Best Practices for Message Queue Architecture
Recently, use of messaging queue has boomed with increasing interest in new architecture patterns like microservices, CQRS, event sourcing and many more. Messaging queue is important component for coordinate between decoupled services and as Pub-Sub mechanism. Apache Kafka, ActiveMQ, RabbitMQ, ZeroMQ and SQS are few well known messaging queue technologies available in the market. Basic concepts and design remains will be same for most of the messaging queue technologies irrespective of what you choose for your application. For enterprise systems, data is the source of truth. With many decoupled services coordinating to complete one task, it is important to make this messaging queue architecture robust and reliable to overcome the issues of the distributed systems.
Events in Queues
In message queues, producers publish events to the queues and all interested consumers are notified about the event for processing. Decoupling your application in this manner allows you to scale your producers and consumers independently from each other. You can use Event Notification or Event Carried State Transfer technique to design the communication contract between your services. Minimal data to fetch event related information is sent along with the event in Event Notification, while the complete data with old and new state is part of the event in Event Carried State Transfer mechanism. If you want to read more about them please check this article.
When event is pushed to the queue, all interested consumers poll and fetch the new events for processing. With properly working system having no bugs will process those events without issue. But no application or infrastructure is 100% fail proof. There are many possibilities of our service going down or misbehaving; like unknown bugs or some aspects which developers can’t control, for example: network outage, brokers getting crashed unexpectedly, etc. It is our job to make sure that our service can withstand against such incident or can recover from unexpected crash.
Transactions in Producers
Often applications coordinates with multiple applications like database, messaging queues, search engine and many more. Idempotency is an important aspect to keep state of application consistent for all the decouples services coordinating on network. Idempotent implementations make sure that retrying the same operations should not change the state of application if that action is already executed. To make sure that application state is not changes, we should rollback all actions if exception is thrown.
Most programming languages implement libraries to provide transactional support for multiple services. We should use transactions to make sure that all changes made to the application state is rollbacked on exception. Use transactional support provided by the queuing technologies like ActiveMQ and libraries for Apache Kafka to make your service and operation transactional. Also to avoid any message duplication it is suggested to produce events at the end of the operation.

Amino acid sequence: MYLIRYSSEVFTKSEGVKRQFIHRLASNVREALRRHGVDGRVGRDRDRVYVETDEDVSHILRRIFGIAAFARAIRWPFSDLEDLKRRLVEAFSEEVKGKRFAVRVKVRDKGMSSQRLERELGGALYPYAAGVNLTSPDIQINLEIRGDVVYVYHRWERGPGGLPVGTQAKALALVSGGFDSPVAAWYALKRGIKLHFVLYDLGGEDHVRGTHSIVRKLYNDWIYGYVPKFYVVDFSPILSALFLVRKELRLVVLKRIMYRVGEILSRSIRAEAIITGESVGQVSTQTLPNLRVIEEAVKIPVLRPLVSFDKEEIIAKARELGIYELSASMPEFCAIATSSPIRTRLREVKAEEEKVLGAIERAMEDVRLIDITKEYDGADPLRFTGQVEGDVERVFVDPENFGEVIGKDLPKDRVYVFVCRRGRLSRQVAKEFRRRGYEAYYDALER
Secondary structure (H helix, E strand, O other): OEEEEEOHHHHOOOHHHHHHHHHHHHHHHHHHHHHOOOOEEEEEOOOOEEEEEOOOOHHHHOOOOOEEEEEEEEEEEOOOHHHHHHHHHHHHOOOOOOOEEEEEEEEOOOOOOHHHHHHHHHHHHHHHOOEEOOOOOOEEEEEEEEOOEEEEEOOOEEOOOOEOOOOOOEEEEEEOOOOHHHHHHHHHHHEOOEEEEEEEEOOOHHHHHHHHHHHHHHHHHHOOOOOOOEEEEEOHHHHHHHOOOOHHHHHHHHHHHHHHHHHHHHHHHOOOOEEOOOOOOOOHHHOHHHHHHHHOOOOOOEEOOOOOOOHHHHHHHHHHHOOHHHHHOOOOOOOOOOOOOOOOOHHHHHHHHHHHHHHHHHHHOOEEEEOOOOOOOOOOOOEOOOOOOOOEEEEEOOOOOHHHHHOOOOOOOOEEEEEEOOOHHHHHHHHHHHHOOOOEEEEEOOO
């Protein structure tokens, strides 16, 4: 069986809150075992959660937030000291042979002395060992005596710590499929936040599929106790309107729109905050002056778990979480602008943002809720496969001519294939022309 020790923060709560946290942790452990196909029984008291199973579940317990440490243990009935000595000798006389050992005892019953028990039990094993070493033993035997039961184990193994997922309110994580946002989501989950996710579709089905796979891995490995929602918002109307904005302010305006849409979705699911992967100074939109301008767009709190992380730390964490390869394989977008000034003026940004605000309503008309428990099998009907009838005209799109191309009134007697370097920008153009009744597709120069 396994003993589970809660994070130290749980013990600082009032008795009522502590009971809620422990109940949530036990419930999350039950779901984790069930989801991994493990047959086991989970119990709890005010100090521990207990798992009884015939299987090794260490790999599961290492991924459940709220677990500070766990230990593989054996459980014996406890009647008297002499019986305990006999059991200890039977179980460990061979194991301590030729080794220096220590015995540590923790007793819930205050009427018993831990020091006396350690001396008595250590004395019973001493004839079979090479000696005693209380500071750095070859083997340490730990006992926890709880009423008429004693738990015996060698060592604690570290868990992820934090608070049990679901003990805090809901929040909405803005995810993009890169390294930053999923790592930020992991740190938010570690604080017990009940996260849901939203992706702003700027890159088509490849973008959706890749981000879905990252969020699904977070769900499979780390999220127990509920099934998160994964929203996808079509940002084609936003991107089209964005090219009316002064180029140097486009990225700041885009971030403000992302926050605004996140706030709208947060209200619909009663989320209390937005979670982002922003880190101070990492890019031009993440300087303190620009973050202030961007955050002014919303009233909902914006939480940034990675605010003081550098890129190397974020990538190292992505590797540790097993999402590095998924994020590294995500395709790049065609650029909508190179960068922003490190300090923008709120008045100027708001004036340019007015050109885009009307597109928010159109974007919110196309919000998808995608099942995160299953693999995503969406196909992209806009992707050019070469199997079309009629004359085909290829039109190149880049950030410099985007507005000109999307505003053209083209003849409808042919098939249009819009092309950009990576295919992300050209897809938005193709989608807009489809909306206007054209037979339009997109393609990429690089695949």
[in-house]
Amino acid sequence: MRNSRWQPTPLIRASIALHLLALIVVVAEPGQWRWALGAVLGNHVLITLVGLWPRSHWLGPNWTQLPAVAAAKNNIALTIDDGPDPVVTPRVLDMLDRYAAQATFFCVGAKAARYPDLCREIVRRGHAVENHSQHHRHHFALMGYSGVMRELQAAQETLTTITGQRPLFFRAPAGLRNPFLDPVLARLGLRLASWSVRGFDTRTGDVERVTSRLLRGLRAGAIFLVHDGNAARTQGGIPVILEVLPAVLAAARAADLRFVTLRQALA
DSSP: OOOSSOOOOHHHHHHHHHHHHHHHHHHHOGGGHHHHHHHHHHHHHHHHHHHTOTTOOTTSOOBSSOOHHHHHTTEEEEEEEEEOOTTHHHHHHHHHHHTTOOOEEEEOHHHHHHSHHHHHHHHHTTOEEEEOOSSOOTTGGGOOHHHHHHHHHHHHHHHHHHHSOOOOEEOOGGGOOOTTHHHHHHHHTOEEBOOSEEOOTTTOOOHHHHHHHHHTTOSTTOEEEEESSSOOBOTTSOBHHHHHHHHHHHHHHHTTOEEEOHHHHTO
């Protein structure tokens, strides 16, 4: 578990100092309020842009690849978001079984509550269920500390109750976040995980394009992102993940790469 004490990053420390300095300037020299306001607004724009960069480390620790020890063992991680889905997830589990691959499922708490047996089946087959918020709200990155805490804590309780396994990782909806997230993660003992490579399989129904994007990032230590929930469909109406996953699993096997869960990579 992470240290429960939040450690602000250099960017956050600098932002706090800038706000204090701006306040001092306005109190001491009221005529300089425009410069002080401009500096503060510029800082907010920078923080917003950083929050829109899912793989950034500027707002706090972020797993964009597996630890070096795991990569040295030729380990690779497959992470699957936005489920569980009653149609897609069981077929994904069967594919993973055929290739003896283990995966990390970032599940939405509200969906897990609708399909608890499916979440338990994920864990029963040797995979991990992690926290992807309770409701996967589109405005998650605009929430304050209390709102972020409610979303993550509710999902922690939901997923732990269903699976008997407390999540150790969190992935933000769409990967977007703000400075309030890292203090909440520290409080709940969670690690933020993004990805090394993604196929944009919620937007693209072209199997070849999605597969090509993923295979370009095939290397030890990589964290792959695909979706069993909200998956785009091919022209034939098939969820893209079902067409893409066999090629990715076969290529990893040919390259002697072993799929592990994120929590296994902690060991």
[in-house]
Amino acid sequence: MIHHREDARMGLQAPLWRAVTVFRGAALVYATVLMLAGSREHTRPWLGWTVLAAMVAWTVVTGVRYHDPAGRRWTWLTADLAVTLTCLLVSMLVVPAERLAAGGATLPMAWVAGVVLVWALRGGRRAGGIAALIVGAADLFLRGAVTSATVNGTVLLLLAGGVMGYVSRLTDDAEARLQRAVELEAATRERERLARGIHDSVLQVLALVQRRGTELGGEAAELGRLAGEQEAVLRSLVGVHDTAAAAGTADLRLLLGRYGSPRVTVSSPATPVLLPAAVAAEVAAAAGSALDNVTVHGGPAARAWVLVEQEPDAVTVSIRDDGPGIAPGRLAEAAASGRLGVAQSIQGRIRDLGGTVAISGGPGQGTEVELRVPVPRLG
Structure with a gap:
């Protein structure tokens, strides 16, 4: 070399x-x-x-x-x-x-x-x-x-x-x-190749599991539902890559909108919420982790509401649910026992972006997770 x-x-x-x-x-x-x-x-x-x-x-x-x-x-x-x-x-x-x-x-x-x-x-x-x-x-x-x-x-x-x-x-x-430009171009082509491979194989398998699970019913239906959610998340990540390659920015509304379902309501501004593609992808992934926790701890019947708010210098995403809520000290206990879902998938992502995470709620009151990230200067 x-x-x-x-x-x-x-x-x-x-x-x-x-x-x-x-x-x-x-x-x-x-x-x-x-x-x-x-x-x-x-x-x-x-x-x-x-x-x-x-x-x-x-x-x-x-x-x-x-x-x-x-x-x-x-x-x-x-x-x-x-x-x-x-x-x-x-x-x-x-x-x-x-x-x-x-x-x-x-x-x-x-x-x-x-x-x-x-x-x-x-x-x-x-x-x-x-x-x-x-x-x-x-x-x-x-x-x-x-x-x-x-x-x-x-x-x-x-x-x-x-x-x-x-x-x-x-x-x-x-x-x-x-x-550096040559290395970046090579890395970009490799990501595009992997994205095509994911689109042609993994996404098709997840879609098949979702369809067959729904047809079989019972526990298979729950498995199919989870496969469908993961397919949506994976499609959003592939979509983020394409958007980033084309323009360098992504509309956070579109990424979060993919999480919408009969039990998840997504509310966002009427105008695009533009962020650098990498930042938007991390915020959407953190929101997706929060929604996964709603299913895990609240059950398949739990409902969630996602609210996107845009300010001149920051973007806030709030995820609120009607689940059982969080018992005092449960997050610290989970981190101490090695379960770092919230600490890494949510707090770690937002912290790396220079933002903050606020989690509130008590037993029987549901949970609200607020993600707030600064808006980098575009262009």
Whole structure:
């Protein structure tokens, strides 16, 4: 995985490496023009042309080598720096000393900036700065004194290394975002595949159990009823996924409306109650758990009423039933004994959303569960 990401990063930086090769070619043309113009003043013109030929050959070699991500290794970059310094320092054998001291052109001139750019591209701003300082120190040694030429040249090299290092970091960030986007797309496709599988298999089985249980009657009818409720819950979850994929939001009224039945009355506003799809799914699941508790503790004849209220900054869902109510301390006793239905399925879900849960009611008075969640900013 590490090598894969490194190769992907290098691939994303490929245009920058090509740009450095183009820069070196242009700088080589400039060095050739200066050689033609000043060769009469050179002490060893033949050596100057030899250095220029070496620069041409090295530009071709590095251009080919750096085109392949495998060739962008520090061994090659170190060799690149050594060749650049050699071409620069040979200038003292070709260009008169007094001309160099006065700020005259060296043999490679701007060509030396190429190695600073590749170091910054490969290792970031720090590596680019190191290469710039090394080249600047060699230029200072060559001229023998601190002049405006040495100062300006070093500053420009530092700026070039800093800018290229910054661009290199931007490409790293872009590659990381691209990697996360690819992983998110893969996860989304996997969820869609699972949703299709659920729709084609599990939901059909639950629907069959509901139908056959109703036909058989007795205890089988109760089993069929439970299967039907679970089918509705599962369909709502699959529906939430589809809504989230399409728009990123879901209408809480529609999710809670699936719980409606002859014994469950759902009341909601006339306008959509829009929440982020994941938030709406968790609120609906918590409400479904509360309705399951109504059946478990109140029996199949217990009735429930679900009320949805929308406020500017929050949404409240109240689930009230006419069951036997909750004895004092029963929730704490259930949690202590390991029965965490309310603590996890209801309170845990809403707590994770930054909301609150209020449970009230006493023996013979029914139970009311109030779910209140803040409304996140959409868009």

Use Acknowledgement Wisely
In queues, if we are not storing events in persistent storage and any exception occurs then we might loss the event. Almost all queueing technologies supports acknowledgements, a way of consumer notifying broker about successful consumption of the event. Until consumer acknowledges the event, the consumer will keep getting the same message every time the consumer pulls events from the queue. Acknowledges can be used as a mechanism to track and control the event processing. This works fine when we have only one consumer processing the events, but this limits the scope of scaling our consumers with increase in load. With more than one consumers, there are chances of same event being processed multiple times or we might lose order of event processing. For example, our consumer acknowledge the event after successfully processing the event, but if in the same time another consumer tries to poll event from the same queue, the message which was not acknowledged by the earlier consumer will be delivered to this consumer as well. Such scenarios leads to multiple time event processing or loss of execution order. Though acknowledgements can be used as mechanism to track last processed events, we should be careful with acknowledging events after successful event processing, special with multiple consumers processing events from the same queue. It is advisable to acknowledge the event as soon as consumers fetch the event from brokers.
Retrying Event Processing
If consumer fails to process the event on stable system where no change is introduced recently, then often network or system level failures will be the reason. Such issues doesn’t require bug fix on applications or consumer side. If you have multiple load balanced instances of application running then most of the time, retrying to process the event will fix it. Modern queuing libraries commonly provide support to retry the event processing on failure. For example, in Spring Framework you can use RetryTemplate to reprocess failed Kafka events. Adding some simple retry logic can save you from multiple customer connects during such network glitches or minor issues on system.